Below is an excerpt from an article at Railway Age about the BNSF fire trains:

…The Spokane fire train utilizes bulkhead flatcars that have been converted to carry three to four modular tanks, each carrying roughly 3,250 gallons of water. Swiveling water/foam cannons are mounted on elevated platforms at both ends of the train’s center car, which also carries a 500-gallon tank of aqueous firefighting foam. BNSF says, “We can reach about 300 feet up an embankment.” The train also includes a caboose that serves as a shelter and command center and houses a generator to power lights for nighttime firefighting.

BNSF built a second fire train in 2008 in Vancouver, Wash., with a different design approach. Stationed along the Columbia River at Wishram, Wash., it uses highly modified tank cars with generators and pump systems housed underneath and swivel cannons mounted on top, plus a command center caboose that’s outfitted with a spray bar that can soak wooden ties or bridges while the train is in motion. Since fire train crews often work jointly with local responders, hoses and couplings on the BNSF railcars are made compatible with fire trucks and other equipment. The cars also have siphons, which allow them to be refilled from storage tanks or natural water sources near the right-of-way…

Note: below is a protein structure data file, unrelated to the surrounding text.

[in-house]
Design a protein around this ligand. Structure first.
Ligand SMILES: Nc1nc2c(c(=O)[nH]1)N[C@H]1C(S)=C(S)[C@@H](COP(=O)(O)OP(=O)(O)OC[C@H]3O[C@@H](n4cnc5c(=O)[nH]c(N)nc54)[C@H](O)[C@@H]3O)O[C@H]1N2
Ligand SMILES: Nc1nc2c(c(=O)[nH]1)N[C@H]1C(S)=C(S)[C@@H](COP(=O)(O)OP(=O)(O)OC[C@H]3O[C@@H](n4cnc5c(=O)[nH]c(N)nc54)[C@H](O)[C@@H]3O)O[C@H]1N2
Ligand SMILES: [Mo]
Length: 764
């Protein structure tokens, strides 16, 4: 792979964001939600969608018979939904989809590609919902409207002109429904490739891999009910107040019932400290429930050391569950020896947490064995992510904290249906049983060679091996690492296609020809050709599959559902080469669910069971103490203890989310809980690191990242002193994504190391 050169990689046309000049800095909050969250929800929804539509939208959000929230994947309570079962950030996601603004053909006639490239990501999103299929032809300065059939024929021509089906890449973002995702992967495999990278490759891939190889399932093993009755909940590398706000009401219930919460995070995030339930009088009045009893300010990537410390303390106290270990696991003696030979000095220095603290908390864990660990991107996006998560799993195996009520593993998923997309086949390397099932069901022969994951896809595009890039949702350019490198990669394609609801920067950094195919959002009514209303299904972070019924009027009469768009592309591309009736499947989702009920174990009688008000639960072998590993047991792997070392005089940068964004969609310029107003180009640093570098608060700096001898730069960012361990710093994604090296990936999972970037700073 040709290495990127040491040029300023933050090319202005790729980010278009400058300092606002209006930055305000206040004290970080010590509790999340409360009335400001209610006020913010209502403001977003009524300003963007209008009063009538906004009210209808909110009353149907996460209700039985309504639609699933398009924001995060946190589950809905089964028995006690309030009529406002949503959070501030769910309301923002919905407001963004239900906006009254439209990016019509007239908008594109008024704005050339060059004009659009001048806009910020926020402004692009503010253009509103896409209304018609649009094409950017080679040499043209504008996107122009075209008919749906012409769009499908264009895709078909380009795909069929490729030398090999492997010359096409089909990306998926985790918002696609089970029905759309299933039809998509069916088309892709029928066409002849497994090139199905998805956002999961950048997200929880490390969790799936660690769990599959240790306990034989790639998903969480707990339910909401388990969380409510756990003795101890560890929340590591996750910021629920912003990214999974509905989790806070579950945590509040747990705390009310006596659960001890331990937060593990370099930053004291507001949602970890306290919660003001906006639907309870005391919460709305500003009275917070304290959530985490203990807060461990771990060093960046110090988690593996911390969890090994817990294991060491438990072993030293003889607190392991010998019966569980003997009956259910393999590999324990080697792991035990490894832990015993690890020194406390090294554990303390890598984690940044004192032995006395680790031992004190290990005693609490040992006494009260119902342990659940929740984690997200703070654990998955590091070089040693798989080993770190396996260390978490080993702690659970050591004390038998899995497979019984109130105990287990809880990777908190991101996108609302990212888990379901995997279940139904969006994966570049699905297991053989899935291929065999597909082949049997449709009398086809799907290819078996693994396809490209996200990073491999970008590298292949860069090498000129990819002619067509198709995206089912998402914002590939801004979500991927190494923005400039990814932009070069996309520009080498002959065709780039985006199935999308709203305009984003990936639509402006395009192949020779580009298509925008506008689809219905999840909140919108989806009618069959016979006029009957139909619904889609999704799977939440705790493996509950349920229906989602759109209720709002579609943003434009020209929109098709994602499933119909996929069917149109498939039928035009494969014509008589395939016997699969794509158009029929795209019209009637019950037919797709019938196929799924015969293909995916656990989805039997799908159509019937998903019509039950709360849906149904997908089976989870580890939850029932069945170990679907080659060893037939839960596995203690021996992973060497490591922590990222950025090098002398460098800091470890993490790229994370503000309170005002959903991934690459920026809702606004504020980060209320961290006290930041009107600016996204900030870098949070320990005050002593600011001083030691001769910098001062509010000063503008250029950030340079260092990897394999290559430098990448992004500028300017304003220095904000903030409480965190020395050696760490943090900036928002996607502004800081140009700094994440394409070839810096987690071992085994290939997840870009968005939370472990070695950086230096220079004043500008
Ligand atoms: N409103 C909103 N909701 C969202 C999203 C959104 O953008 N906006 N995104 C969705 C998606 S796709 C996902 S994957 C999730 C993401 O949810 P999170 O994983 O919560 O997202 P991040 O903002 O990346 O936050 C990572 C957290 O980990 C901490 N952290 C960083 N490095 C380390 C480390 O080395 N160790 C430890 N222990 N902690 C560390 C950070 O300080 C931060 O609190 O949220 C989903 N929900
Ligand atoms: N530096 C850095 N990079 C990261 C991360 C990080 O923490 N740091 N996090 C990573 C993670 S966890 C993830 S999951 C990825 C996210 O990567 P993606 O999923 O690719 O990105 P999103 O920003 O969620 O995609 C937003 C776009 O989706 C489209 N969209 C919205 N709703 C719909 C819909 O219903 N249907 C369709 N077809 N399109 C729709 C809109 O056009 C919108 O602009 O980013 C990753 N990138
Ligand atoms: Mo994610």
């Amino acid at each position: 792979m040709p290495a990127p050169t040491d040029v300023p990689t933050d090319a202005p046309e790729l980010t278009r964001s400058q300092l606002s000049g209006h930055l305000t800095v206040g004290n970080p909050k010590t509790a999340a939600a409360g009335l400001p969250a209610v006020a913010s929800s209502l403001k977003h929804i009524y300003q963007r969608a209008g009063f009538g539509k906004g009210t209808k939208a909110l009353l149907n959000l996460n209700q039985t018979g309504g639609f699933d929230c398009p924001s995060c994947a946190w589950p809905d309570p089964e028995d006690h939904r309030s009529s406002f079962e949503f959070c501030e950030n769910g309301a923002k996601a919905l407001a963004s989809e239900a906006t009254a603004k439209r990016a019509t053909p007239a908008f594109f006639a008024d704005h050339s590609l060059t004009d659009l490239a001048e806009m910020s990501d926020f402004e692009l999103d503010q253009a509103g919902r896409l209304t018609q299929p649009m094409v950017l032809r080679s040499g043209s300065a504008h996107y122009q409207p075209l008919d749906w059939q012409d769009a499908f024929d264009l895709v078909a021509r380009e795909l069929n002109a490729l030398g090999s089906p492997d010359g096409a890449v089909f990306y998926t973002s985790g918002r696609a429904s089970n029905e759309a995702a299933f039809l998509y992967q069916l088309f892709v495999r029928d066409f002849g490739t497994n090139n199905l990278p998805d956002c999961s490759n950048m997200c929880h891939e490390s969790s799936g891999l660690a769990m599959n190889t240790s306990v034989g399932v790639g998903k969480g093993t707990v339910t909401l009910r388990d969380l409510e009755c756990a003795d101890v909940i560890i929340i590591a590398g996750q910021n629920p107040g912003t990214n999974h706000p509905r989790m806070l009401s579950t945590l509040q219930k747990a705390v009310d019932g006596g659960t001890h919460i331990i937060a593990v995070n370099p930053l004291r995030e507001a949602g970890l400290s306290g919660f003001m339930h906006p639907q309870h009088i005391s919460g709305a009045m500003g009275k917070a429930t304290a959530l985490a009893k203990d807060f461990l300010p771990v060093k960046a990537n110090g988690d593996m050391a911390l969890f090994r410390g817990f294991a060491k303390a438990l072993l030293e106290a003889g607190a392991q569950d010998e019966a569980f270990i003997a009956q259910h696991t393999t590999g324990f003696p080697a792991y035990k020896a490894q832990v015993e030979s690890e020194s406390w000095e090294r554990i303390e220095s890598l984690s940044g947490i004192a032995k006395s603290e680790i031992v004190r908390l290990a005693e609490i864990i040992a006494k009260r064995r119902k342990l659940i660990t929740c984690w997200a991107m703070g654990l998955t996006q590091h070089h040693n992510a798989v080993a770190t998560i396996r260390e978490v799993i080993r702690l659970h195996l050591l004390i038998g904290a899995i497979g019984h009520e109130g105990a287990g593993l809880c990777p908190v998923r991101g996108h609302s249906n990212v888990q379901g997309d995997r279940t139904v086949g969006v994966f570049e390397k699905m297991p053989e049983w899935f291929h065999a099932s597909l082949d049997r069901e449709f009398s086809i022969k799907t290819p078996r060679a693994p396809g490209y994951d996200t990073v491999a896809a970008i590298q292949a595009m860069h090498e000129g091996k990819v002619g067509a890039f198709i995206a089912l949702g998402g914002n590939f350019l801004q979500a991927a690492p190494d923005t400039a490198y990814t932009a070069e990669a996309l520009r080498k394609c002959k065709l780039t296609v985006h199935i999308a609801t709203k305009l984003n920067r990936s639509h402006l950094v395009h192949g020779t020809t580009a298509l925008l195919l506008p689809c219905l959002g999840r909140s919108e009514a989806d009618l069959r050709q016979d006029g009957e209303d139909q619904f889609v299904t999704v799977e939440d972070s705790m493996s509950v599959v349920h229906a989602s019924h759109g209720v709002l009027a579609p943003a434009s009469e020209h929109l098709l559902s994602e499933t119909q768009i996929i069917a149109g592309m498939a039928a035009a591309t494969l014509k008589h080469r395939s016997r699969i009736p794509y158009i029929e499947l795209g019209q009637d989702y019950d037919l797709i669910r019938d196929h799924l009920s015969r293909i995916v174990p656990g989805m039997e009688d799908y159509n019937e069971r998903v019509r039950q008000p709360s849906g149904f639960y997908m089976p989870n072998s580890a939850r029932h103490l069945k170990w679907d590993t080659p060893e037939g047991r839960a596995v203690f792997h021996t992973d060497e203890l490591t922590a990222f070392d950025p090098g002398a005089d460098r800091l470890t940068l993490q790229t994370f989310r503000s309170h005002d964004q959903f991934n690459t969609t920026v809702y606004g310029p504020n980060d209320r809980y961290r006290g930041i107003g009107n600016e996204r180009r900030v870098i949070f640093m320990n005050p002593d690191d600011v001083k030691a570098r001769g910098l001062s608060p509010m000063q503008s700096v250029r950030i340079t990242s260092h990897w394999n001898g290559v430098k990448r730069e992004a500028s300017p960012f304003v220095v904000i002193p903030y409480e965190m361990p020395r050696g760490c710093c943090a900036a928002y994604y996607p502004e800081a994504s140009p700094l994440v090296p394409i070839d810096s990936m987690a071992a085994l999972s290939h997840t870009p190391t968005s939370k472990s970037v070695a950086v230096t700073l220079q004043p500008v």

BNSF fire train foam
The BNSF fire train has foam nozzles that can be used to coat or cover the railroad ties as the train moves. From the KEPR video.

We have written about fire trains several times before on Wildfire Today.

Communities in Oregon and Washington most threatened by wildfire identified

After assessing the exposure to wildfire of communities across the Pacific Northwest Region, Oregon and Washington, the 50 most-threatened communities in each state were identified.